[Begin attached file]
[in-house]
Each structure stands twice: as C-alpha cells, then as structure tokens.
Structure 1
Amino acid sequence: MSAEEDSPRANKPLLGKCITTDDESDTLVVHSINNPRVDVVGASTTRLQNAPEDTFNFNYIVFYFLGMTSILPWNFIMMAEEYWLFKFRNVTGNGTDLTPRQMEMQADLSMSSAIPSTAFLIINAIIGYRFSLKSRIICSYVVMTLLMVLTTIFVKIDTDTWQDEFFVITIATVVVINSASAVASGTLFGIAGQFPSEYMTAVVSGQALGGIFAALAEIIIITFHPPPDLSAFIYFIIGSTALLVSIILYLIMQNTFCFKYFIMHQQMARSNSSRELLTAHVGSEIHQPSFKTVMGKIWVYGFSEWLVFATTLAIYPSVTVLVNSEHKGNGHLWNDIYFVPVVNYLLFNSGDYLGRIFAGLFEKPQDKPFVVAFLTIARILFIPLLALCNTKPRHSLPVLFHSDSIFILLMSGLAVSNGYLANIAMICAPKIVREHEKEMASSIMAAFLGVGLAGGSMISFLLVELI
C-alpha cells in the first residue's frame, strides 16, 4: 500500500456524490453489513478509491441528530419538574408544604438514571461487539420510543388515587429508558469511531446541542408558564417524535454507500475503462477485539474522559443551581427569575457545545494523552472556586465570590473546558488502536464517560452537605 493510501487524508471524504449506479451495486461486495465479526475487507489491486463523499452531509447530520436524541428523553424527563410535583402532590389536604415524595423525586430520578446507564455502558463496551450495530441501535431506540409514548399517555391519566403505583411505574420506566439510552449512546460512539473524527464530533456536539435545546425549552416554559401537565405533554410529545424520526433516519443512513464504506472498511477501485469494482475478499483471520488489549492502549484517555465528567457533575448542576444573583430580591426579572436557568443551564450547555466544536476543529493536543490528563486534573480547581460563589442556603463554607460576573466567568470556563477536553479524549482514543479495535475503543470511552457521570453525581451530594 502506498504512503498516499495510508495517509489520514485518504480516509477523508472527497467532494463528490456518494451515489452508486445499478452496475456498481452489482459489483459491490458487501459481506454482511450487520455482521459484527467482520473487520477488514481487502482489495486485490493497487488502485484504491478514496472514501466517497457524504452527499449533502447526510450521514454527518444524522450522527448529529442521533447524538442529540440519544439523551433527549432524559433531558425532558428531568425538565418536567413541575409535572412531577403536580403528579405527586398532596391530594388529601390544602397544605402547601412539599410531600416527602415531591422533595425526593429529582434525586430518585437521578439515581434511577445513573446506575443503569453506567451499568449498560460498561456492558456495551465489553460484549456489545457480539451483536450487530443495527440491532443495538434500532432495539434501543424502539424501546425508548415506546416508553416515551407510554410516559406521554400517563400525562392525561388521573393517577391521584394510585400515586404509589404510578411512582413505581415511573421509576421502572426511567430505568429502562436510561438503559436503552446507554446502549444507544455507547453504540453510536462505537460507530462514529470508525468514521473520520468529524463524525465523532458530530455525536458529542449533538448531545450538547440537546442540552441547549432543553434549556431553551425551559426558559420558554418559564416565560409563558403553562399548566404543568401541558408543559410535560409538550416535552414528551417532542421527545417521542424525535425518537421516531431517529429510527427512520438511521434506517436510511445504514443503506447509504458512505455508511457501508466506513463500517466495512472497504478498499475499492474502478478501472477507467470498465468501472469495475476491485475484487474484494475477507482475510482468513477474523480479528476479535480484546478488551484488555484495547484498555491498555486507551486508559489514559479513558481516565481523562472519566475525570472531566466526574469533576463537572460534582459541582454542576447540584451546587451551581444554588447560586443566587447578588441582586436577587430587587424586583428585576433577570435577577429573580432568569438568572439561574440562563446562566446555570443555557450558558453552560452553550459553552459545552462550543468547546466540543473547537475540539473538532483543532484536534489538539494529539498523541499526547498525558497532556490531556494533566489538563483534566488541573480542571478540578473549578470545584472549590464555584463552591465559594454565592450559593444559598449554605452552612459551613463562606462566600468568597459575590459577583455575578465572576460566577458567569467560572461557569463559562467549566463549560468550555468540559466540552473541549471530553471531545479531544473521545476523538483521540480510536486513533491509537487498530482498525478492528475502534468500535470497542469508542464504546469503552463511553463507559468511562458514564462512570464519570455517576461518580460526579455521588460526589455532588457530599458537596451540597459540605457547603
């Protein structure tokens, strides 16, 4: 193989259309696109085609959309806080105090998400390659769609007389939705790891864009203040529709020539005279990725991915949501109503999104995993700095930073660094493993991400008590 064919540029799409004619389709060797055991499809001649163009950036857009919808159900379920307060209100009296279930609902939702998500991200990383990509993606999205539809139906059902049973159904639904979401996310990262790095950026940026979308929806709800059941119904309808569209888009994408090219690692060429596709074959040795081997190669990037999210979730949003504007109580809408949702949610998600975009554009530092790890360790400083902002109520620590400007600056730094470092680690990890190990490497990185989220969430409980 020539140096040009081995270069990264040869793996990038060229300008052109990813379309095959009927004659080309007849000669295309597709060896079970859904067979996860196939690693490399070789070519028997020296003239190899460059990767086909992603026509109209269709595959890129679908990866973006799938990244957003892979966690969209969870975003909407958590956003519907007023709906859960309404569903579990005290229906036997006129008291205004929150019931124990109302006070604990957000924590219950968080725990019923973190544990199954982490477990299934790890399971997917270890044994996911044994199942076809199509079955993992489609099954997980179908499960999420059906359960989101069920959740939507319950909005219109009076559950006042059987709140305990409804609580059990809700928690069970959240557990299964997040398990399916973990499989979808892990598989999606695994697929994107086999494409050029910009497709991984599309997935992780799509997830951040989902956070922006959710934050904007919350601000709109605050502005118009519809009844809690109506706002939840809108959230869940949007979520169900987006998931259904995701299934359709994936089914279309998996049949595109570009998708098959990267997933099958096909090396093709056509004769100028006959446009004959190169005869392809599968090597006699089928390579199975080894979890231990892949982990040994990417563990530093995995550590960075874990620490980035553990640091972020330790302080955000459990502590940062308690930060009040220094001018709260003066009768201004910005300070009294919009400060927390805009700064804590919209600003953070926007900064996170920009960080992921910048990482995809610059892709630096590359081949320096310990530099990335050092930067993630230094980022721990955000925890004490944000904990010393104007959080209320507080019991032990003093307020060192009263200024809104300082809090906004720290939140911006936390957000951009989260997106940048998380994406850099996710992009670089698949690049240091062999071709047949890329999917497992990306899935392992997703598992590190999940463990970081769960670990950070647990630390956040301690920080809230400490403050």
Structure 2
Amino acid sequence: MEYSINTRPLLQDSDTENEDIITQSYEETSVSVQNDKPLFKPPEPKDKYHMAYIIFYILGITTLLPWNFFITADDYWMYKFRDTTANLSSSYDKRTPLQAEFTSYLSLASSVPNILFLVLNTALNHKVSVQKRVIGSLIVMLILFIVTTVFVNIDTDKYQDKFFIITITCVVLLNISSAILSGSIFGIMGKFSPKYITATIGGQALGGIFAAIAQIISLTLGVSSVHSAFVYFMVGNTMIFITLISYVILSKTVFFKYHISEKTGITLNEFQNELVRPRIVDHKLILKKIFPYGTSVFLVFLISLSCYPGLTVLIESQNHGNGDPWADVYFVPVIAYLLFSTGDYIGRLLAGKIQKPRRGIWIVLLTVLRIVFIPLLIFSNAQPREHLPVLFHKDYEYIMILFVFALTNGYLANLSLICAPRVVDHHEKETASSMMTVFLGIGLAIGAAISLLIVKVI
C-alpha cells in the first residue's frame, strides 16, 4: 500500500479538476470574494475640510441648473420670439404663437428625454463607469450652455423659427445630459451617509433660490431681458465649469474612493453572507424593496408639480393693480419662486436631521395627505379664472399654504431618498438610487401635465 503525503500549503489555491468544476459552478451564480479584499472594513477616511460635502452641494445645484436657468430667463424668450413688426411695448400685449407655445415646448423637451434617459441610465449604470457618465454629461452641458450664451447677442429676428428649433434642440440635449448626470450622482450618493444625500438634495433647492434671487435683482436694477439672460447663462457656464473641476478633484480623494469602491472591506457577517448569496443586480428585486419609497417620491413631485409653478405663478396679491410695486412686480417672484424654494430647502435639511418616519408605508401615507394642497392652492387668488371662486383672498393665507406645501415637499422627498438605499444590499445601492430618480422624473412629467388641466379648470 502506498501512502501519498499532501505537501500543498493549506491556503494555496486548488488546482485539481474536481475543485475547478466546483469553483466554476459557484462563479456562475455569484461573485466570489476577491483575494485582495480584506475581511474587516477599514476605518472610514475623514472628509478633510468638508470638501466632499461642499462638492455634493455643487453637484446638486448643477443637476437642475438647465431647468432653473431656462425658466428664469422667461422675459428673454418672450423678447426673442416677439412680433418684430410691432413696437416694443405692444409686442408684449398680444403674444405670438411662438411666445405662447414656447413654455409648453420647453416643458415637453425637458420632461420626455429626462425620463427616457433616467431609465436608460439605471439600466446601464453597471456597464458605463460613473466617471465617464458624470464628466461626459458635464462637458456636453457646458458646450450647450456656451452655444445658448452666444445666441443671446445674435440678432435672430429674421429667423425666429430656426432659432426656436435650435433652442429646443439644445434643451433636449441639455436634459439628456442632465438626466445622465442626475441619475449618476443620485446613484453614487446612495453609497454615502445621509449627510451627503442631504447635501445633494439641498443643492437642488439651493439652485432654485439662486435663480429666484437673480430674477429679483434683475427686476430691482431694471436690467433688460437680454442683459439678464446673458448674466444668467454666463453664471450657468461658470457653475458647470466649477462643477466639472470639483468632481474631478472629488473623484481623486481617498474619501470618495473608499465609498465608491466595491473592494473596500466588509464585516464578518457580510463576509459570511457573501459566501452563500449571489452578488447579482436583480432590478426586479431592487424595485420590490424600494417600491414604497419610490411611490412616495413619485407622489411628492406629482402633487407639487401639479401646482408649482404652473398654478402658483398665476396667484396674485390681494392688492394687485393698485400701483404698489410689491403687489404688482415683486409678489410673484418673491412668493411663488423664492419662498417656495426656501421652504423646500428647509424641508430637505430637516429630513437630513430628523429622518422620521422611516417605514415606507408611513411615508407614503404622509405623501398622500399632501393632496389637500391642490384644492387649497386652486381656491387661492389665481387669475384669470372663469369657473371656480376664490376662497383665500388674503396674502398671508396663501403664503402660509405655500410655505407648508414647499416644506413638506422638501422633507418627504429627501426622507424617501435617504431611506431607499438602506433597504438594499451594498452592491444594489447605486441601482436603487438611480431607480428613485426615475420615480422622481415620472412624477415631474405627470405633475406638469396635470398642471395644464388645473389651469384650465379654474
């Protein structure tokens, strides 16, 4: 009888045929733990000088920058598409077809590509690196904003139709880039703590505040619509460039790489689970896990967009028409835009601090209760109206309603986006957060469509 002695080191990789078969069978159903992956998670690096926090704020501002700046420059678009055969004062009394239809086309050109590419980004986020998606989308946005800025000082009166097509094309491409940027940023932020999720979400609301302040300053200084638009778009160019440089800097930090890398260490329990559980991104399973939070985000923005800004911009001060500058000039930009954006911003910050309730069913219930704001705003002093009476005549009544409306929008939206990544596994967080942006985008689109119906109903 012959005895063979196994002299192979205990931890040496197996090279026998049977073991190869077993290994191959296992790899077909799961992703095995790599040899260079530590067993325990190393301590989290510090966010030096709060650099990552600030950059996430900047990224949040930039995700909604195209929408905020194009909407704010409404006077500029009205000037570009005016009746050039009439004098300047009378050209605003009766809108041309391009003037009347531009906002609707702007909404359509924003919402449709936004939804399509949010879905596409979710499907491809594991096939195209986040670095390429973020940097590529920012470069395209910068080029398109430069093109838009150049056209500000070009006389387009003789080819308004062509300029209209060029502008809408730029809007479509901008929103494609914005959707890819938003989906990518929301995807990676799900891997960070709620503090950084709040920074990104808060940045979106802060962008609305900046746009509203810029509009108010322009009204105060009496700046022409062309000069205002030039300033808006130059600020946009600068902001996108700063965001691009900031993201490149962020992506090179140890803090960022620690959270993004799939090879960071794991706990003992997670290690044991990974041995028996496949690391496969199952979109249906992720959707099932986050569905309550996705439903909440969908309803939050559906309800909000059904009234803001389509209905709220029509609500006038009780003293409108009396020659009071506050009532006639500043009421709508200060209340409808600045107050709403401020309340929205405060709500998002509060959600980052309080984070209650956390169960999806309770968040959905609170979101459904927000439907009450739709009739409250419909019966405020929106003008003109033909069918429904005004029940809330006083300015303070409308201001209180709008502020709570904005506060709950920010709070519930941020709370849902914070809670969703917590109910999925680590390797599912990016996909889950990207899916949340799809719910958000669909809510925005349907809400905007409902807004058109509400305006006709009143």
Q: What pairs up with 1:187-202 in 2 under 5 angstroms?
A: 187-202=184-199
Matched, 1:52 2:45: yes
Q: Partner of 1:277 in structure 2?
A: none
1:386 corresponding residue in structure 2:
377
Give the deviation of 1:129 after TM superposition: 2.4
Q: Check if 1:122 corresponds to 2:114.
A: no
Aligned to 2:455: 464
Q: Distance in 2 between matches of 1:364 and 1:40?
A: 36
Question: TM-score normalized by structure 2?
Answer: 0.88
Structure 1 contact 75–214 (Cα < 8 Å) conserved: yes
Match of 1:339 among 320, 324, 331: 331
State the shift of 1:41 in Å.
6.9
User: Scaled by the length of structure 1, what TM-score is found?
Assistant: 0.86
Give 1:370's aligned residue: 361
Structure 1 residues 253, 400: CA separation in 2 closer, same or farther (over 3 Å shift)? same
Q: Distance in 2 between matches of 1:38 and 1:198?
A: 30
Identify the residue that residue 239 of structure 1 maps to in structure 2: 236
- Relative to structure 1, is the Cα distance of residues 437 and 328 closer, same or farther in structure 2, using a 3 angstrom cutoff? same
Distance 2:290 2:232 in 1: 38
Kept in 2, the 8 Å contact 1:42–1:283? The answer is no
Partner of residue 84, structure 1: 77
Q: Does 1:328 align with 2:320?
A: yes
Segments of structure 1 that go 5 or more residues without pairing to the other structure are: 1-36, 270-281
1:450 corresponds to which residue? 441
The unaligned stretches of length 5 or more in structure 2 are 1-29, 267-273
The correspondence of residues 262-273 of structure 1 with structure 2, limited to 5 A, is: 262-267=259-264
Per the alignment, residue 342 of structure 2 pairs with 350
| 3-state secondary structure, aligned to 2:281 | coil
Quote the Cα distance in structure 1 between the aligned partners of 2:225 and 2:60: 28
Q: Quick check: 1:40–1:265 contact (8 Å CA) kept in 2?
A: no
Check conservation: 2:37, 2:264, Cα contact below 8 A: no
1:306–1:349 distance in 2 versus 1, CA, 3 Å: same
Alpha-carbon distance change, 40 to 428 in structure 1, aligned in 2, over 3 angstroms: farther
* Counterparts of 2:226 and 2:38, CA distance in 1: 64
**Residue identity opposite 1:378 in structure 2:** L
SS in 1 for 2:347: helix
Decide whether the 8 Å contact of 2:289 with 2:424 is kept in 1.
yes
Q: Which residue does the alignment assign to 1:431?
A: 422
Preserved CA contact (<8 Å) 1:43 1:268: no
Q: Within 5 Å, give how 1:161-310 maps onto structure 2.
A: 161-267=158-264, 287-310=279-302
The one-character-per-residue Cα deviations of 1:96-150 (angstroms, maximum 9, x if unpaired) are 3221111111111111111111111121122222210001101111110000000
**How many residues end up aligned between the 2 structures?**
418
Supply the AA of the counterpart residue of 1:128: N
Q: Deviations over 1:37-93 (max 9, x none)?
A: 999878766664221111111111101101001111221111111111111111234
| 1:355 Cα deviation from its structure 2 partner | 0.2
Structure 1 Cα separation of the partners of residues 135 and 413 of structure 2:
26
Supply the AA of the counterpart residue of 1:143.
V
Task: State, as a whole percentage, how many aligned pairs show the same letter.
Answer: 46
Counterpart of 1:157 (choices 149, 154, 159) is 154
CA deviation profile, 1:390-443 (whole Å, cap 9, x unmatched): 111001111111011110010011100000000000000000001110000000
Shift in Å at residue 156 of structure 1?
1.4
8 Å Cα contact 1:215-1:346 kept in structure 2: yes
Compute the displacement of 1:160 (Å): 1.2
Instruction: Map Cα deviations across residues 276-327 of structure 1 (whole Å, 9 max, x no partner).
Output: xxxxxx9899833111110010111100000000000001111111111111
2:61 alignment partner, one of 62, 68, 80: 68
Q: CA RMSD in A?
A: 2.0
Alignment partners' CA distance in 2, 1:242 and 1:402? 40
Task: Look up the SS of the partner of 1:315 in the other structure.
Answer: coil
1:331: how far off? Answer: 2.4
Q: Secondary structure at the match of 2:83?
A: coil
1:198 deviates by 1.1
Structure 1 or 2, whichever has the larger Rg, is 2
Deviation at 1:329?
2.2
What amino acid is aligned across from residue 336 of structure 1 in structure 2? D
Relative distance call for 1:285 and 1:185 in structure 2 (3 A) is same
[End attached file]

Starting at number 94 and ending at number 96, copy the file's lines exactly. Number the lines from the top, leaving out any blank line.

A: coil
1:198 deviates by 1.1
Structure 1 or 2, whichever has the larger Rg, is 2